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H&M trips up with their advert for ‘Monkey’ hoodie

Fri, Jan. 12, 2018
CAIRO – 12 January 2018: H&M has released an official statement on its website apologizing for an advert showing a black child wearing a hoodie with the print “Coolest monkey in the jungle” on it. The advert sparked severe negative reactions on social media, with people calling it racist, negligent and inappropriate, and accusing the brand of lack of awareness of social issues.

The company released statements on both their official website and their Instagram. The statement on the website began, “To all customers, staff, media, stakeholders, partners, suppliers, friends and critics. We would like to put on record our position in relation to the image and promotion of a children’s sweater, and the ensuing response and criticism. Our position is simple and unequivocal – we have got this wrong and we are deeply sorry.” It continues, “We have taken down the image and we have removed the garment in question from sale. It will be recycled. […] Racism and bias in any shape or form, conscious or unconscious, deliberate or accidental, are simply unacceptable and need to be eradicated from society. In this instance we have not been sensitive enough to this agenda. Please accept our humble apologies.”

Their apology post on Instagram received over 59,000 comments, and almost 300,000 likes.

We have got this wrong and we are deeply sorry. Link in bio.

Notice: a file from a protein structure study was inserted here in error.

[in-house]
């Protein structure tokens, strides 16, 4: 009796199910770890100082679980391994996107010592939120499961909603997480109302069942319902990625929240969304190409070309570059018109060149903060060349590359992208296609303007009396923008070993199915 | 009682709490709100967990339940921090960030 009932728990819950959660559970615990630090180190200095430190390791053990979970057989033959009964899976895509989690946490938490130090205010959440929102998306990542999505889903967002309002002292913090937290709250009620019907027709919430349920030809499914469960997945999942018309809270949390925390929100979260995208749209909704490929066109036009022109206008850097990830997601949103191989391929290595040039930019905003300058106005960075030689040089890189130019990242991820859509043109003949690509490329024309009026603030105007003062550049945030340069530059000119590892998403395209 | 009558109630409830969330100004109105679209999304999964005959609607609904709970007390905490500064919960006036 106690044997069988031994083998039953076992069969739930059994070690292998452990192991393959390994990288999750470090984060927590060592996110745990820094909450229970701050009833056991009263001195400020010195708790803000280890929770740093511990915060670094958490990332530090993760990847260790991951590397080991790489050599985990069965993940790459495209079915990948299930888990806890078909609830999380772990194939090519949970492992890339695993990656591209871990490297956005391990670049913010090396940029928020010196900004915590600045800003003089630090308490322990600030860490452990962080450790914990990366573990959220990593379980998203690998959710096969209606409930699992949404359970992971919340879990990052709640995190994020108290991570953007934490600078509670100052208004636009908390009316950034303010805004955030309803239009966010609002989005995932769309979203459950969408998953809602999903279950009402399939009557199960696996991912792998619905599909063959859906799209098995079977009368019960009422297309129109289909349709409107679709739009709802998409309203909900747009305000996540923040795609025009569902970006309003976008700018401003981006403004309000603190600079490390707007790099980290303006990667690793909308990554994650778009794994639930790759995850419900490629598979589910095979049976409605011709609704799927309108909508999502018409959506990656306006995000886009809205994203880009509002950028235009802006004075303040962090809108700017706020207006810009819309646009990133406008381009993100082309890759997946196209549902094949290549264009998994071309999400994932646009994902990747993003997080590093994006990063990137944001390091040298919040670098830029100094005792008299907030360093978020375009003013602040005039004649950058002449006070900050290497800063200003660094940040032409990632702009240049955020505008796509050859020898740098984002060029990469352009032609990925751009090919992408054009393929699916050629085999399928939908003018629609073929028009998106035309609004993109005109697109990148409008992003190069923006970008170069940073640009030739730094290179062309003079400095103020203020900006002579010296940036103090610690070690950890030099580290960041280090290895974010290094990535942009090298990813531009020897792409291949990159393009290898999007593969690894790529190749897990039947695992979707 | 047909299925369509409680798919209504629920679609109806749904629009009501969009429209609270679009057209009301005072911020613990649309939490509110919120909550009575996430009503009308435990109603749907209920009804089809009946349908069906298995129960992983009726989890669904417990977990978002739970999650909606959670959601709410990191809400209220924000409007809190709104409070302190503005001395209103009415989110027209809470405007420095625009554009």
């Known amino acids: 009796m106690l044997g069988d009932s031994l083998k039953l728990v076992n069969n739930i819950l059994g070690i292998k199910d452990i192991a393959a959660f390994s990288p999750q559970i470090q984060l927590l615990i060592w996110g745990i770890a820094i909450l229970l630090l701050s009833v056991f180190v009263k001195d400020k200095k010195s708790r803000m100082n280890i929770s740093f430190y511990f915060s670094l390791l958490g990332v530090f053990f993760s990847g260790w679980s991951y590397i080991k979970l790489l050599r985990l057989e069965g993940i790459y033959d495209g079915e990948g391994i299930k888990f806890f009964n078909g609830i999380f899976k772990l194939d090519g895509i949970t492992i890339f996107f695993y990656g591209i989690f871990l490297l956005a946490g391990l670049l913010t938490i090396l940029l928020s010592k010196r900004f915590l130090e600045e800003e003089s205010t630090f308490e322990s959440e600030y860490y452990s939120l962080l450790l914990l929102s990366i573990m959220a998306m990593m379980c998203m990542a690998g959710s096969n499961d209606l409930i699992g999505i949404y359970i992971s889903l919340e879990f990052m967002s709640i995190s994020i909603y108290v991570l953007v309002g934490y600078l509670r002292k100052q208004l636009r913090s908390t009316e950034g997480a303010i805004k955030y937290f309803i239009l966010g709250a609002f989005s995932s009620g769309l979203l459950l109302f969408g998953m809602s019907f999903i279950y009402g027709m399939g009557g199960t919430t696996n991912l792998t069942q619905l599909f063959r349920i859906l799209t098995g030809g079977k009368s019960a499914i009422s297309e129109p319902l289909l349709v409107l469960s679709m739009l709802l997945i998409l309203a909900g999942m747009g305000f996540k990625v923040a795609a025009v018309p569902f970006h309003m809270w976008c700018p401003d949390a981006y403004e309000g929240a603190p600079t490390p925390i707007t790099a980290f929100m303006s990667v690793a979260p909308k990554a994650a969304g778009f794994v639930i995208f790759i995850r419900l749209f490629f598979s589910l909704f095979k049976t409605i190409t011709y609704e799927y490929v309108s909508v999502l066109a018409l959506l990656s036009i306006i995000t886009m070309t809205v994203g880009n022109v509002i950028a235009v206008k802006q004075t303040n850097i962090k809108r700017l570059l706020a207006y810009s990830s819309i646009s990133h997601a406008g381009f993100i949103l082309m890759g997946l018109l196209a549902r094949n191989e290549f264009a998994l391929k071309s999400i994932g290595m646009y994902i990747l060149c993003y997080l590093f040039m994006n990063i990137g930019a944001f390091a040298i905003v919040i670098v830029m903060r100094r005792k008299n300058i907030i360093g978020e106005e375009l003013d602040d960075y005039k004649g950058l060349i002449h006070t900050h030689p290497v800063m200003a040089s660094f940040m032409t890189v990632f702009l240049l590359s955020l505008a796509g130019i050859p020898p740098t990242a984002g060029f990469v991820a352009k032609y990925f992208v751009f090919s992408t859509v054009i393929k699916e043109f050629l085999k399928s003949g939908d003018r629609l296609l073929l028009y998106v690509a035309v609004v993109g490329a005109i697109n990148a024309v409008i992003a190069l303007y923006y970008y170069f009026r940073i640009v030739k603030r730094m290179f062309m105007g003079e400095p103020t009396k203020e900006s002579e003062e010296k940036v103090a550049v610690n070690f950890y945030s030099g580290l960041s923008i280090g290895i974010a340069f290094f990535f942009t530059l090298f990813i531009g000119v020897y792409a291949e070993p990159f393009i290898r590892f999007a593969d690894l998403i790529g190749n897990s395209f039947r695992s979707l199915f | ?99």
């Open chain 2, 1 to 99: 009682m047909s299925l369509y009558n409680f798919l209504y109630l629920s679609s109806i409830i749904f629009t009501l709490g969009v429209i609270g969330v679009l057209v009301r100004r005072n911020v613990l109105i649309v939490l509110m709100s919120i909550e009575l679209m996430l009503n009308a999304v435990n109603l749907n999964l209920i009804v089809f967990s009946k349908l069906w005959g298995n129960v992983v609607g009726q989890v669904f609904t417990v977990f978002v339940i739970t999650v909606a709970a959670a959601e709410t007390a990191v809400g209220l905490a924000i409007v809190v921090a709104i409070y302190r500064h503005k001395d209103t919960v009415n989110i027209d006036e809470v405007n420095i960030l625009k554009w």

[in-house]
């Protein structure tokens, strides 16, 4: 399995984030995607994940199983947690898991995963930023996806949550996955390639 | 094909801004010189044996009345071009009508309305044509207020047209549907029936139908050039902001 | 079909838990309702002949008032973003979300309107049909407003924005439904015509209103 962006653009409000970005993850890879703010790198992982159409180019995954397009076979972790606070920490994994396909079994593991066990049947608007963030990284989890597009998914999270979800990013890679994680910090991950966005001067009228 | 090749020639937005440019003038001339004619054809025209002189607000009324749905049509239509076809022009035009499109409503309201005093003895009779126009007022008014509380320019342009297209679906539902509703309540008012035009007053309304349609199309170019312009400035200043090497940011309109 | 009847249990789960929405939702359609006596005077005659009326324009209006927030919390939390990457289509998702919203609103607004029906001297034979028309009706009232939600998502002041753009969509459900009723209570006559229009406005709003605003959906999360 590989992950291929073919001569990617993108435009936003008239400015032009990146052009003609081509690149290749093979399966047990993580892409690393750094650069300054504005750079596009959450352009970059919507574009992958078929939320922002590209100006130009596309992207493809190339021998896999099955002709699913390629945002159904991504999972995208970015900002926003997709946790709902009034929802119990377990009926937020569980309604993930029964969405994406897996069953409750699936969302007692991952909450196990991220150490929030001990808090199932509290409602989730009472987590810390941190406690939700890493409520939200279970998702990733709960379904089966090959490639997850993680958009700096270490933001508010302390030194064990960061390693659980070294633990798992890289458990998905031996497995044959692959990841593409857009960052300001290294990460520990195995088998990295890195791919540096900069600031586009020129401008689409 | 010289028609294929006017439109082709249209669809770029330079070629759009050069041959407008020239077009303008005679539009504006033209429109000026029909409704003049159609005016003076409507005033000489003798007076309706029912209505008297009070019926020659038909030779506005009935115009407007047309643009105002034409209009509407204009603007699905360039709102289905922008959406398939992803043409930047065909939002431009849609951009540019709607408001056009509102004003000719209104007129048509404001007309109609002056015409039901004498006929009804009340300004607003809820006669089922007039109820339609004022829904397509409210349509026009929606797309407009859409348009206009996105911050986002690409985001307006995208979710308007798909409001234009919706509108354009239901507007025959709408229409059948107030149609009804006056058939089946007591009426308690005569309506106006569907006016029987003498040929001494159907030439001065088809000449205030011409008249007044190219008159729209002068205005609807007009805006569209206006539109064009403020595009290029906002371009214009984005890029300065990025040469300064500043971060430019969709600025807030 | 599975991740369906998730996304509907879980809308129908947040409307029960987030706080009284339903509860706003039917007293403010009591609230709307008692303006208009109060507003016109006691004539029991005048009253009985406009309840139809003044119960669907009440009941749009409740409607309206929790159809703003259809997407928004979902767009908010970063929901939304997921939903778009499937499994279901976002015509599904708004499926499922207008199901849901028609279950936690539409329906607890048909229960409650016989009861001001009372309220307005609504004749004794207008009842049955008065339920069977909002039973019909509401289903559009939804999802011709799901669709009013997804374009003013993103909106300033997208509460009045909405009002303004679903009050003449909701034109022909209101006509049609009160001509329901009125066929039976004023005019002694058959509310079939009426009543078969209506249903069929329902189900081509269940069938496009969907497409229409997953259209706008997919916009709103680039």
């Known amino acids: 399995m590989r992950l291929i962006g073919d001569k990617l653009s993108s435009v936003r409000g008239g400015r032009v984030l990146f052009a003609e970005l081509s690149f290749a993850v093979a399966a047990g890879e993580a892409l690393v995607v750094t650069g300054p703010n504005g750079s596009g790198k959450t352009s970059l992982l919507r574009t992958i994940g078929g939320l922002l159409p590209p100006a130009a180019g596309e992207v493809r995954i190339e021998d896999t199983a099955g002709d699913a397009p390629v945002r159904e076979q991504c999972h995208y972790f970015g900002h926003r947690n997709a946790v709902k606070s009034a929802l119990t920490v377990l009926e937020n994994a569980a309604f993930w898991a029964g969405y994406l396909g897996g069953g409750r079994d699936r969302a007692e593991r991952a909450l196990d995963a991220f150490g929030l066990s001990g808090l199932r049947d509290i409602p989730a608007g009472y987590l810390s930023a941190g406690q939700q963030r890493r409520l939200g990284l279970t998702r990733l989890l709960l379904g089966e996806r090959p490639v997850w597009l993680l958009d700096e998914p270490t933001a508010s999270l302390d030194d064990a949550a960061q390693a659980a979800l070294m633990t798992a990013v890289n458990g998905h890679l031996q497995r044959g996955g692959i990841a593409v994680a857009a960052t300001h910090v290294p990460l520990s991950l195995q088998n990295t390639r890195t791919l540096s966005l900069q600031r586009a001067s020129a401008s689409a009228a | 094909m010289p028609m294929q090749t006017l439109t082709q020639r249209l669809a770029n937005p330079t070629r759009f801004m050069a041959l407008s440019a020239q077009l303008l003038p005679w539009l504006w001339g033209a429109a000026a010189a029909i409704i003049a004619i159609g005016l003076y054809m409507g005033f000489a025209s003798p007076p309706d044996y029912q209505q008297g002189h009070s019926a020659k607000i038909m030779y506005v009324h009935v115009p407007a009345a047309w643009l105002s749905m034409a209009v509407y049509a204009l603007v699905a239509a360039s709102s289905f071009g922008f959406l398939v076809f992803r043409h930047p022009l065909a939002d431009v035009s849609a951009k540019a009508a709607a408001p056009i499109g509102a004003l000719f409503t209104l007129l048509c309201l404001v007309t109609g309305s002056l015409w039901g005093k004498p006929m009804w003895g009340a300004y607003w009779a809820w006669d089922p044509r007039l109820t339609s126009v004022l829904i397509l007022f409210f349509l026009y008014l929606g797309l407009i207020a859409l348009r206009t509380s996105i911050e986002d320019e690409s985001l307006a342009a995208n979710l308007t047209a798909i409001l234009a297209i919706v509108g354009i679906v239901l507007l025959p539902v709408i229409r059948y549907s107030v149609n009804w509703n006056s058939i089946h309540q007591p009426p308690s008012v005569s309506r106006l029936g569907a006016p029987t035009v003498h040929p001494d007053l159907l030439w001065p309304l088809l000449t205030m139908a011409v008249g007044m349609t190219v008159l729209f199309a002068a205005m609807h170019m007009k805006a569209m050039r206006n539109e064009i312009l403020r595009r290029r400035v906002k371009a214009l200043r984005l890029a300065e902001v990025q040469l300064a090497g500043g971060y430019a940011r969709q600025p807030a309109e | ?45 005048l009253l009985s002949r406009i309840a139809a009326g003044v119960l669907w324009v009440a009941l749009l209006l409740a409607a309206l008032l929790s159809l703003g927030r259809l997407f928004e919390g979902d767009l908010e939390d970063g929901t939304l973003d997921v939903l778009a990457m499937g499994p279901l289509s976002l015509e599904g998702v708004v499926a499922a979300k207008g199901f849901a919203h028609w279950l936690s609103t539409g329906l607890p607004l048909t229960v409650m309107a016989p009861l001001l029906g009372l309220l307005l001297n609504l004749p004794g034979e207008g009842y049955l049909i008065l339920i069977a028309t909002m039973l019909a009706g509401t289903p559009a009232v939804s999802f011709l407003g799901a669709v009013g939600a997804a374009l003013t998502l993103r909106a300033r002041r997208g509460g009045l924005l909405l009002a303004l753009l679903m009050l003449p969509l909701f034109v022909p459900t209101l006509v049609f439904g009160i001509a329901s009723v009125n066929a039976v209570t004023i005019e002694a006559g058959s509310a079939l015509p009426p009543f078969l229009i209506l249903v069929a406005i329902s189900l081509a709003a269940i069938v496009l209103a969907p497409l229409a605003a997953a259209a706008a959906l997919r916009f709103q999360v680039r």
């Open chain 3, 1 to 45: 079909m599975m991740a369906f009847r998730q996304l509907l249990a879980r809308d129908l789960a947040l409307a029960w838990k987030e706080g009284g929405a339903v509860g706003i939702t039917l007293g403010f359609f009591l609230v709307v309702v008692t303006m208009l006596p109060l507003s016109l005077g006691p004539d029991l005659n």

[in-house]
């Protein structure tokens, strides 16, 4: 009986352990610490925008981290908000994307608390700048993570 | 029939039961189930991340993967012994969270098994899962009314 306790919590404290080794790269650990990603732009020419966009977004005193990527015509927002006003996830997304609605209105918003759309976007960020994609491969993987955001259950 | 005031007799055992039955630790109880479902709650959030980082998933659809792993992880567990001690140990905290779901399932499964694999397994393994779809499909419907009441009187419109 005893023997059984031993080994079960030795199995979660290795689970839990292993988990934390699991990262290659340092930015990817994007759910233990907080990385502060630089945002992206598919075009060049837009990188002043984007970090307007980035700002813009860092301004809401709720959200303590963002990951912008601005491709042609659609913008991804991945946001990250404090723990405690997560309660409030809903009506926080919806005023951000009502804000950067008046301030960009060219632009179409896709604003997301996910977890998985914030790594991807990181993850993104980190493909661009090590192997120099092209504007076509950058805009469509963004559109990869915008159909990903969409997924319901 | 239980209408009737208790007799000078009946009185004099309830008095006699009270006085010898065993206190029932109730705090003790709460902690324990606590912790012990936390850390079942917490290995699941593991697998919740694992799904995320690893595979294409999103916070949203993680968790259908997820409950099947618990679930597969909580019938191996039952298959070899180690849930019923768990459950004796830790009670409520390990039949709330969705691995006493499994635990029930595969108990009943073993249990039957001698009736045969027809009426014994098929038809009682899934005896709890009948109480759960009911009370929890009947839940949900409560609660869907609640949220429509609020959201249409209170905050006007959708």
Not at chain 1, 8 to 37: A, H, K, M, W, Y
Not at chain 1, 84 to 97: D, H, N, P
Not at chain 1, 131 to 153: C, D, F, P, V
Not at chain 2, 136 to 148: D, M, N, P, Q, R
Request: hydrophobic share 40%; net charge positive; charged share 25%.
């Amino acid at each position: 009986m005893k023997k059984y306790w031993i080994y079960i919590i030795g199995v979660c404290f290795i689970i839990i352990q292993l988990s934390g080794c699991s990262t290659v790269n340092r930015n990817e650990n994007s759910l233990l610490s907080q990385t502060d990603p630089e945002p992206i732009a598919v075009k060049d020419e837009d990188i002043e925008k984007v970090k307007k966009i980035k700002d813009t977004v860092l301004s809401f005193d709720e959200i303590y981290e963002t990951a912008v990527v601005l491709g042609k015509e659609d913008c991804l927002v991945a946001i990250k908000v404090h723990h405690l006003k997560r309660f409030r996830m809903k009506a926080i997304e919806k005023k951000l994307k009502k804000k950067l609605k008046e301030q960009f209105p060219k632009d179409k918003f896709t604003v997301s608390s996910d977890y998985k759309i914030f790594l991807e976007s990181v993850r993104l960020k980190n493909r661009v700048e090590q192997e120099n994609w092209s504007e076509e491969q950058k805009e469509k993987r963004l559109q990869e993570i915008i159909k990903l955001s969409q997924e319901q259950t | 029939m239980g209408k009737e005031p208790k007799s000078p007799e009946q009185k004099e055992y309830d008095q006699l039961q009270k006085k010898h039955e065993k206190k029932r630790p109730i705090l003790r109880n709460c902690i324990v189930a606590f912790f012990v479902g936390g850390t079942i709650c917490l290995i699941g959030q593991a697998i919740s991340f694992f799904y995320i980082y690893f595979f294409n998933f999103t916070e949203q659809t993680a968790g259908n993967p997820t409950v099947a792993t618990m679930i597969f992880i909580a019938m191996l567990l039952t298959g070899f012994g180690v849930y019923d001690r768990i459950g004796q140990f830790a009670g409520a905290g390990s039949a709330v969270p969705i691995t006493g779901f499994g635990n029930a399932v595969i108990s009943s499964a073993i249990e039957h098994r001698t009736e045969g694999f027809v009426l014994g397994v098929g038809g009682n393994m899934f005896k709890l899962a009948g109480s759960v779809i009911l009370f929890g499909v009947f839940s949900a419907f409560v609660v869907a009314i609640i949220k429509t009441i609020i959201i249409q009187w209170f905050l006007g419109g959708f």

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A post shared by H&M (@hm) on



Among the backlash received by the company, celebrities also joined in on the censure. The Weeknd announced on Twitter that he would no longer be working with the brand, as did rapper, G-Eazy.



Over the past months I was genuinely excited about launching my upcoming line and collaboration with @HM... Unfortunately, after seeing the disturbing image yesterday, my excitement over our global campaign quickly evaporated, and I've decided at this time our partnership needs to end. Whether an oblivious oversight or not, it's truly sad and disturbing that in 2018, something so racially and culturally insensitive could pass by the eyes of so many (stylist, photographer, creative and marketing teams) and be deemed acceptable. I can't allow for my name and brand to be associated with a company that could let this happen. I hope that this situation will serve as the wake up call that H&M and other companies need to get on track and become racially and culturally aware, as well as more diverse at every level.

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